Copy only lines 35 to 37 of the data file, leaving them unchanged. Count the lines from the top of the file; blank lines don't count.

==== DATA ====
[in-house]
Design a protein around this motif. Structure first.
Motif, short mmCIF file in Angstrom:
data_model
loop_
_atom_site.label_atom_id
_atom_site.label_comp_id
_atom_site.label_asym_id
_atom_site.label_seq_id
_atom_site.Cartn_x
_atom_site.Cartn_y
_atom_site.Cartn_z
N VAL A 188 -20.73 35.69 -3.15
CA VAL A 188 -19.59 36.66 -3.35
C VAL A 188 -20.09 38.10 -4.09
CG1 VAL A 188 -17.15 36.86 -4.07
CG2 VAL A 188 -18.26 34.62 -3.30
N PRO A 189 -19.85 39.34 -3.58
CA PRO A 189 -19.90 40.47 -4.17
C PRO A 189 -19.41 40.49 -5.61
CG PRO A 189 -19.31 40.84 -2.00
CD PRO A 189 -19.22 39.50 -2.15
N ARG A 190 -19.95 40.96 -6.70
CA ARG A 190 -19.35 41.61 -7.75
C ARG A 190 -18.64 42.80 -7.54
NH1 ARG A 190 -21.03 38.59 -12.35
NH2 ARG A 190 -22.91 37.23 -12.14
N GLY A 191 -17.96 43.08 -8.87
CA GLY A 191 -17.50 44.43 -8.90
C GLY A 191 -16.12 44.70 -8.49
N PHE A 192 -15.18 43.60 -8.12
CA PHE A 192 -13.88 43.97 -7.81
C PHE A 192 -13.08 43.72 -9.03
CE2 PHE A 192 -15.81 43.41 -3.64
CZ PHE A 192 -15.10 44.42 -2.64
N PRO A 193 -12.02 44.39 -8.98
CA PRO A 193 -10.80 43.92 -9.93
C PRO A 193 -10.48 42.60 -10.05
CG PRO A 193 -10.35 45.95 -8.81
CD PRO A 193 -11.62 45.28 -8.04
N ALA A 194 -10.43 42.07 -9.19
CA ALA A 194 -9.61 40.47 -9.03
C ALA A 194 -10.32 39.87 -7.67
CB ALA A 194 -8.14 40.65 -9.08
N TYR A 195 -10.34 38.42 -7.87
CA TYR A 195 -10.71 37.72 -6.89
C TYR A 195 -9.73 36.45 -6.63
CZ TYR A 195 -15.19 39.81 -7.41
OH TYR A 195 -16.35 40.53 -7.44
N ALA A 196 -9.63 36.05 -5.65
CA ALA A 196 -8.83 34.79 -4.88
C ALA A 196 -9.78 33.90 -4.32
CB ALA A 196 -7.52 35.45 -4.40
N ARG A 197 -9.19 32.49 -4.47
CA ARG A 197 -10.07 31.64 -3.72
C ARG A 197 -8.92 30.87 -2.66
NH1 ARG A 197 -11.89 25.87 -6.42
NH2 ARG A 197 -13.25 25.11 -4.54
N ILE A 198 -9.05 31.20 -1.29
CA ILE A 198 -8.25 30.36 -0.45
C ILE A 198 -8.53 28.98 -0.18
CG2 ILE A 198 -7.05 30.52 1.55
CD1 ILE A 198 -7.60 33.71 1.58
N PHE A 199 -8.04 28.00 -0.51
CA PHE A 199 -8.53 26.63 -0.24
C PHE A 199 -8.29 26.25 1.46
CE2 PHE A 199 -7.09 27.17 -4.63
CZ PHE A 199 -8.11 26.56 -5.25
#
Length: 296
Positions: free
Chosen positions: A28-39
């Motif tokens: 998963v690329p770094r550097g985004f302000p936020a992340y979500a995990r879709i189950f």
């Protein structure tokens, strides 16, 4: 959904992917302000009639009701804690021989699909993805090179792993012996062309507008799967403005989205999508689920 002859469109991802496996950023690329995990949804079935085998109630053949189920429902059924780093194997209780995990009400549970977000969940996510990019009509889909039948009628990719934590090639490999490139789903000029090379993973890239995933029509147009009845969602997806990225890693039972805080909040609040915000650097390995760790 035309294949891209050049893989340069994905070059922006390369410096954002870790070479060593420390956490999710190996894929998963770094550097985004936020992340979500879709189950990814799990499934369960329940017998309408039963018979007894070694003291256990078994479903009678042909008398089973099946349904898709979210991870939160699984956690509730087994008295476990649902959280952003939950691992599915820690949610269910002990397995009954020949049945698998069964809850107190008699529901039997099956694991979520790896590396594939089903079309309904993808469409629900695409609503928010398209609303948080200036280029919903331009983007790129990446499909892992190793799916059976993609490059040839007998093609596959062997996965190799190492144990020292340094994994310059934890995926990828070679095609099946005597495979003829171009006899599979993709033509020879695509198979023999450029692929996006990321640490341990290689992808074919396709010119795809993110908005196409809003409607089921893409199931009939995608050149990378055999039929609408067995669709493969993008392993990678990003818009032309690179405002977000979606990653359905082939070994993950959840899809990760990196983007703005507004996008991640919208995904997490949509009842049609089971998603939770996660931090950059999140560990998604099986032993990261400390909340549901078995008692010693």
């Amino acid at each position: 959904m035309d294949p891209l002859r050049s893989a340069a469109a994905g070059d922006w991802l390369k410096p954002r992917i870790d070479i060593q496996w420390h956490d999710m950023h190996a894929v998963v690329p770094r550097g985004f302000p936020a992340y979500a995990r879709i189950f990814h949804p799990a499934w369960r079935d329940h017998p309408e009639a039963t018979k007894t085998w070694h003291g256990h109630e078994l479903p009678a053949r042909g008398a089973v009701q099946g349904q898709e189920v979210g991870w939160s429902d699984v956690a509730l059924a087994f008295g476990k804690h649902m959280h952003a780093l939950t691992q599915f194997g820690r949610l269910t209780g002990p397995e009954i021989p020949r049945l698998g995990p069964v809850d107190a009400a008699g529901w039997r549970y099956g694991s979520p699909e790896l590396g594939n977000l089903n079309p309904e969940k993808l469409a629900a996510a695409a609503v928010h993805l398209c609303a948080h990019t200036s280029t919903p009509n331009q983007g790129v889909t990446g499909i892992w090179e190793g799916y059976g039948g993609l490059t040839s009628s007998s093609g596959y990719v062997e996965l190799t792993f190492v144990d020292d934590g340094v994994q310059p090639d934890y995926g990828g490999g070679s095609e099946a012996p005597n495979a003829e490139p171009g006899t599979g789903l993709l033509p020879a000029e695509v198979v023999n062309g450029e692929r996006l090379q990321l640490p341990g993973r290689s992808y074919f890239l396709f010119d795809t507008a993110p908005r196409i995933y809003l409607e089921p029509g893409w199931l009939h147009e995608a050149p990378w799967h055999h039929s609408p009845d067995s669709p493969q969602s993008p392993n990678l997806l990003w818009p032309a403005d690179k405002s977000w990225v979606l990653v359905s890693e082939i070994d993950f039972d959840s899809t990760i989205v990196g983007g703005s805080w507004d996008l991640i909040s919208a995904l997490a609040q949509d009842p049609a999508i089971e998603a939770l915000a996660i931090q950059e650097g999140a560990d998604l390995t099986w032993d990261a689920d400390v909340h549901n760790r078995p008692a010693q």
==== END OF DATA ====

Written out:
CZ PHE A 192 -15.10 44.42 -2.64
N PRO A 193 -12.02 44.39 -8.98
CA PRO A 193 -10.80 43.92 -9.93